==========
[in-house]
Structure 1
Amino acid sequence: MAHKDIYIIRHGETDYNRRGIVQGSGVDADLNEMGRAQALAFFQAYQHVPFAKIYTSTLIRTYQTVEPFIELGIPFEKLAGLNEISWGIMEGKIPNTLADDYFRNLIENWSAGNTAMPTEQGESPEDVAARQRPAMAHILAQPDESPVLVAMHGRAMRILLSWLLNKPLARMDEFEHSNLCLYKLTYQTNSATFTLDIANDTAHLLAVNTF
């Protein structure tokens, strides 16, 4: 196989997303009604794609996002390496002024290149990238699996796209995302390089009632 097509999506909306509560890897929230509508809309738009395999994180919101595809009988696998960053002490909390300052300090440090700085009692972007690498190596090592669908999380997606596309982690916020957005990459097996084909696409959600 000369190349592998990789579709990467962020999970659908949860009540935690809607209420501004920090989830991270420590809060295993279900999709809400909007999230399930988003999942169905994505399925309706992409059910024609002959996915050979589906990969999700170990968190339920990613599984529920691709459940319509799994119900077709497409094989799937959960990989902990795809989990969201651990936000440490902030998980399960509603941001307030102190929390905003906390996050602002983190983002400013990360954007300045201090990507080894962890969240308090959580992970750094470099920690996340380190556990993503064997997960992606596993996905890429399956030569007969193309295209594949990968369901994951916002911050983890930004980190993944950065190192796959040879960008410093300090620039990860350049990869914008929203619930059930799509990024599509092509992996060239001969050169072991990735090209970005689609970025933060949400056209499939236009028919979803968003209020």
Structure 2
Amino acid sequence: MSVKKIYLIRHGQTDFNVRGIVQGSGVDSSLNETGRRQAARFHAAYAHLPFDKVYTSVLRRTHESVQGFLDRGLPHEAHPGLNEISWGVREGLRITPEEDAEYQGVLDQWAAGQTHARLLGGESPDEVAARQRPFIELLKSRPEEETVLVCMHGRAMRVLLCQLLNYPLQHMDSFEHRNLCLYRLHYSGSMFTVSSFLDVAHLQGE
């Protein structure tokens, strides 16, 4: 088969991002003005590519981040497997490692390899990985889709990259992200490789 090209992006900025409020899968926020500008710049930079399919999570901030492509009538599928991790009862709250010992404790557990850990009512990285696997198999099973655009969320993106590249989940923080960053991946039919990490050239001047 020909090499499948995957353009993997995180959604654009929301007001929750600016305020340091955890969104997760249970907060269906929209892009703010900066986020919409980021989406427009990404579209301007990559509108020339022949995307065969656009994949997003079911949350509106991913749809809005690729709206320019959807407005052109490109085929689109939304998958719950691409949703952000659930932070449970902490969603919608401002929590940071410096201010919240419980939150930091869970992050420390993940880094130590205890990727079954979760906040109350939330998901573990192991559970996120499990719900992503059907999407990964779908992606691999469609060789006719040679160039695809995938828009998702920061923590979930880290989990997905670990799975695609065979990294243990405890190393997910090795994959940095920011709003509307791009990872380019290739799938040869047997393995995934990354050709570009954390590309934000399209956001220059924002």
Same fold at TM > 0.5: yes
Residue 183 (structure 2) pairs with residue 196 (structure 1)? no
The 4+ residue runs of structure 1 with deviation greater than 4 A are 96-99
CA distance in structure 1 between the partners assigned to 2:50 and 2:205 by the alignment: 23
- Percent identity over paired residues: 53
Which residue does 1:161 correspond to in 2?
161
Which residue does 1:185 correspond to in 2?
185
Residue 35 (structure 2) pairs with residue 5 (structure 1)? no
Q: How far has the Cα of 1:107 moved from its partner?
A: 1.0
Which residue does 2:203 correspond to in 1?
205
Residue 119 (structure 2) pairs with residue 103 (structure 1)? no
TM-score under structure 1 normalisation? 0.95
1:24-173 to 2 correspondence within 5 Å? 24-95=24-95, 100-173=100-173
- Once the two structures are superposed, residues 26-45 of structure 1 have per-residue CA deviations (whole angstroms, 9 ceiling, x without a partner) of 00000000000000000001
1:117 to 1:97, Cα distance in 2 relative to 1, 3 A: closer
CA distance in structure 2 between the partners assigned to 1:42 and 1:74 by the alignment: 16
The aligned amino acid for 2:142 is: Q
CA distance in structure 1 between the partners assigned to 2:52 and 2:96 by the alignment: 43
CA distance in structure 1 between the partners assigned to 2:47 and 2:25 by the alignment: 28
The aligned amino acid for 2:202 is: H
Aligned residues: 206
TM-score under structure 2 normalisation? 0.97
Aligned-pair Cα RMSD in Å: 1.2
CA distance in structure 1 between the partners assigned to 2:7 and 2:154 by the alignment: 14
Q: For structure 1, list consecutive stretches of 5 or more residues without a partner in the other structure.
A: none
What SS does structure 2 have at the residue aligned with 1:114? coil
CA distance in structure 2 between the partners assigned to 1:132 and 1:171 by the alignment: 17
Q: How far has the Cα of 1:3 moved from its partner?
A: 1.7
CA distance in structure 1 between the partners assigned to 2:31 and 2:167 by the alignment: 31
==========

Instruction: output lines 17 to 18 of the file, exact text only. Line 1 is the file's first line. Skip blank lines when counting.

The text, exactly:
Residue 35 (structure 2) pairs with residue 5 (structure 1)? no
Q: How far has the Cα of 1:107 moved from its partner?